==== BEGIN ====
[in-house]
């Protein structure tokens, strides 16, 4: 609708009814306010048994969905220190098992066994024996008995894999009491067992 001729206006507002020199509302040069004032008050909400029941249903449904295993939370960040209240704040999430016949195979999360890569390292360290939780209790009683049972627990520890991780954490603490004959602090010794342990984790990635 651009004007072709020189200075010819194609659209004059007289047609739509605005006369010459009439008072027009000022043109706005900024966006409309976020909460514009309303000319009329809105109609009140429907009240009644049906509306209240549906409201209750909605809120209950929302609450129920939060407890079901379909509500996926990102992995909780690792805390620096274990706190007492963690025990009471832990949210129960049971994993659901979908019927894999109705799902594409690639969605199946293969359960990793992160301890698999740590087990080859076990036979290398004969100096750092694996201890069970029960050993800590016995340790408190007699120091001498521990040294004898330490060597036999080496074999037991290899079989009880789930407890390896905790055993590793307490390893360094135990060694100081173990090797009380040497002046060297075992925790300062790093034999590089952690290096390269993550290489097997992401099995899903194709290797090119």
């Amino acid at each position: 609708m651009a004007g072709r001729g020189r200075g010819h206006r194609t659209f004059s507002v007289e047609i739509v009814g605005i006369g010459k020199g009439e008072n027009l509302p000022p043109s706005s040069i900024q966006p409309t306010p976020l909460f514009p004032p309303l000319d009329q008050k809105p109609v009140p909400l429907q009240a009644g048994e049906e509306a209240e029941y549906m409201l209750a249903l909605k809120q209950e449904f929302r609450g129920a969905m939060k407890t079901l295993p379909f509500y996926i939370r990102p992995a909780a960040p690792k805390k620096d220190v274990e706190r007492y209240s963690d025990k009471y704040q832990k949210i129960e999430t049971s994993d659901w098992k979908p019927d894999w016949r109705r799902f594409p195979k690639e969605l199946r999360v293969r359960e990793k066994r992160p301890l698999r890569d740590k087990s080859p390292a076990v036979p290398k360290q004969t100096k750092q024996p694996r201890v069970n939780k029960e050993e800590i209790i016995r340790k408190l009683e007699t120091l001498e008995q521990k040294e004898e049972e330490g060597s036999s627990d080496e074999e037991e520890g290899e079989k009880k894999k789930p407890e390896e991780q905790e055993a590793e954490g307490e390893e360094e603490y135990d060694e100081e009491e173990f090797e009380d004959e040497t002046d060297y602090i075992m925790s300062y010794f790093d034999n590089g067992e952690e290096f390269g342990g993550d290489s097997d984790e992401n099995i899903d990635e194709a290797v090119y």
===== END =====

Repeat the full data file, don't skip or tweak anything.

[in-house]
């Protein structure tokens, strides 16, 4: 609708009814306010048994969905220190098992066994024996008995894999009491067992 001729206006507002020199509302040069004032008050909400029941249903449904295993939370960040209240704040999430016949195979999360890569390292360290939780209790009683049972627990520890991780954490603490004959602090010794342990984790990635 651009004007072709020189200075010819194609659209004059007289047609739509605005006369010459009439008072027009000022043109706005900024966006409309976020909460514009309303000319009329809105109609009140429907009240009644049906509306209240549906409201209750909605809120209950929302609450129920939060407890079901379909509500996926990102992995909780690792805390620096274990706190007492963690025990009471832990949210129960049971994993659901979908019927894999109705799902594409690639969605199946293969359960990793992160301890698999740590087990080859076990036979290398004969100096750092694996201890069970029960050993800590016995340790408190007699120091001498521990040294004898330490060597036999080496074999037991290899079989009880789930407890390896905790055993590793307490390893360094135990060694100081173990090797009380040497002046060297075992925790300062790093034999590089952690290096390269993550290489097997992401099995899903194709290797090119």
């Amino acid at each position: 609708m651009a004007g072709r001729g020189r200075g010819h206006r194609t659209f004059s507002v007289e047609i739509v009814g605005i006369g010459k020199g009439e008072n027009l509302p000022p043109s706005s040069i900024q966006p409309t306010p976020l909460f514009p004032p309303l000319d009329q008050k809105p109609v009140p909400l429907q009240a009644g048994e049906e509306a209240e029941y549906m409201l209750a249903l909605k809120q209950e449904f929302r609450g129920a969905m939060k407890t079901l295993p379909f509500y996926i939370r990102p992995a909780a960040p690792k805390k620096d220190v274990e706190r007492y209240s963690d025990k009471y704040q832990k949210i129960e999430t049971s994993d659901w098992k979908p019927d894999w016949r109705r799902f594409p195979k690639e969605l199946r999360v293969r359960e990793k066994r992160p301890l698999r890569d740590k087990s080859p390292a076990v036979p290398k360290q004969t100096k750092q024996p694996r201890v069970n939780k029960e050993e800590i209790i016995r340790k408190l009683e007699t120091l001498e008995q521990k040294e004898e049972e330490g060597s036999s627990d080496e074999e037991e520890g290899e079989k009880k894999k789930p407890e390896e991780q905790e055993a590793e954490g307490e390893e360094e603490y135990d060694e100081e009491e173990f090797e009380d004959e040497t002046d060297y602090i075992m925790s300062y010794f790093d034999n590089g067992e952690e290096f390269g342990g993550d290489s097997d984790e992401n099995i899903d990635e194709a290797v090119y």